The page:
Minnesota Prairie Roots

Writing and photography by Audrey Kletscher Helbling

Voting for Minnesota’s most unique high school mascot & insights into other team names in our state February 26, 2013

A gym at Wabasso High School, home of the Rabbits. Minnesota Prairie Roots file photo.

A gym at Wabasso High School, home of the Rabbits. Minnesota Prairie Roots file photo.

MY ALMA MATER, Wabasso High School, has a white rabbit as a mascot. As you would rightly expect, a rabbit does not conjure up an image of athletic prowess. But I do not care. Rabbits reflects the name of the community, Wabasso, a Dakota word, I’m told, meaning “White Rabbit.”

The rabbit mascot also stands out among all the Eagles and Tigers, the most common high school team names in Minnesota, and the country in general, according to Terry Borning, author of MascotDB.com, a free searchable database of team names and mascots. (More on that later.)

Rabbits, though, was not unusual enough to grab the attention of USA TODAY’s High School Sports staff which is sponsoring a competition to find the nation’s most unique high school mascots. Staff chose five mascots from each state and Washington D.C. in the first round of the contest.

Tom Ressler created Blooming Prairie's logo, a black-and-white Awesome Blossom , in 1979.

The Awesome Blossoms logo from the school website.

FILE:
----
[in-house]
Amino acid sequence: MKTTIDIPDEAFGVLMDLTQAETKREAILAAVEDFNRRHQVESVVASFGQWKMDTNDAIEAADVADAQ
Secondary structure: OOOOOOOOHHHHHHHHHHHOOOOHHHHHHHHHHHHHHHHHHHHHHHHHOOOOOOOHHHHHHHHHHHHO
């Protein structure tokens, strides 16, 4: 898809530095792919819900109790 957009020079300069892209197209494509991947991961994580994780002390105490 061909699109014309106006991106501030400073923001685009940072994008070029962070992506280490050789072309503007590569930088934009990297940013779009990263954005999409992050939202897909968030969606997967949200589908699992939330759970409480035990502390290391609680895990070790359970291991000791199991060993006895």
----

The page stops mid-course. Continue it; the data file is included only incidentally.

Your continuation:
Now the public will choose their favorites, via online voting, to advance to the second round. One winner from each state and D.C. will move on to regionals and the opportunity to win prizes ranging from $100 to $2,000 for their high school athletic departments.

In the running from Minnesota are the Blooming Prairie Awesome Blossoms, Roosevelt Teddies, Jordan Hubmen, Sauk Centre Mainstreeters and Winona Winhawks.

I’ll admit to a fondness for Blooming Prairie’s Awesome Blossoms, for several reasons. Any school strong enough to sport the name Blossoms deserves to win. Second, Blooming Prairie, a farming community of around 2,000 located 15 miles south of Owatonna, is the smallest of the Minnesota communities vying for this honor. I will always pick the smallest, most rural town and root for the underdog. (Plus, I really like the “Prairie” part of the town’s name.) Third, my second daughter first introduced me to the Blooming Prairie mascot when she was in high school and attended an Awesome Blossoms basketball game with a good friend. It was also the first night she failed to get home at a reasonable hour. Enough said on that.

Apparently, the Blossoms got their name from an area newspaper more than a century ago, according to one source. “Awesome” was later added by locals.

A seen from Main Street in Sauk Centre, home to the Mainstreeters.

A scene from Main Street in Sauk Centre, home to the Mainstreeters. Minnesota Prairie Roots file photo.

Now, if I had to choose my second favorite from the Minnesota five, I’d select the Mainstreeters for the sole reason that I love Sauk Centre native Sinclair Lewis’ satirical book, Main Street.

So there, if this interests you, click here and go online to vote. Voting for the state winners continues through March 5. Those 51 winners then advance to second round regional voting from March 6 -14. Six regional winners then enter the finals March 15-25.

Terry Borning with TC Bear, the Twins mascot.

Terry Borning with TC Bear, the Twins mascot. Borning attended Concordia College in Moorhead, home of the Cobbers.

NOW, LET’S DELVE DEEPER into Minnesota high school mascot names via Terry Borning of the earlier mentioned MascotDB.com. Just a note, Borning, of Billings, Montana, and a computer science adjunct faculty member for an Arizona college, is my cousin. He has 43,799 sports team names and mascots in his database covering U.S. and Canadian high school, college and professional teams, past and present.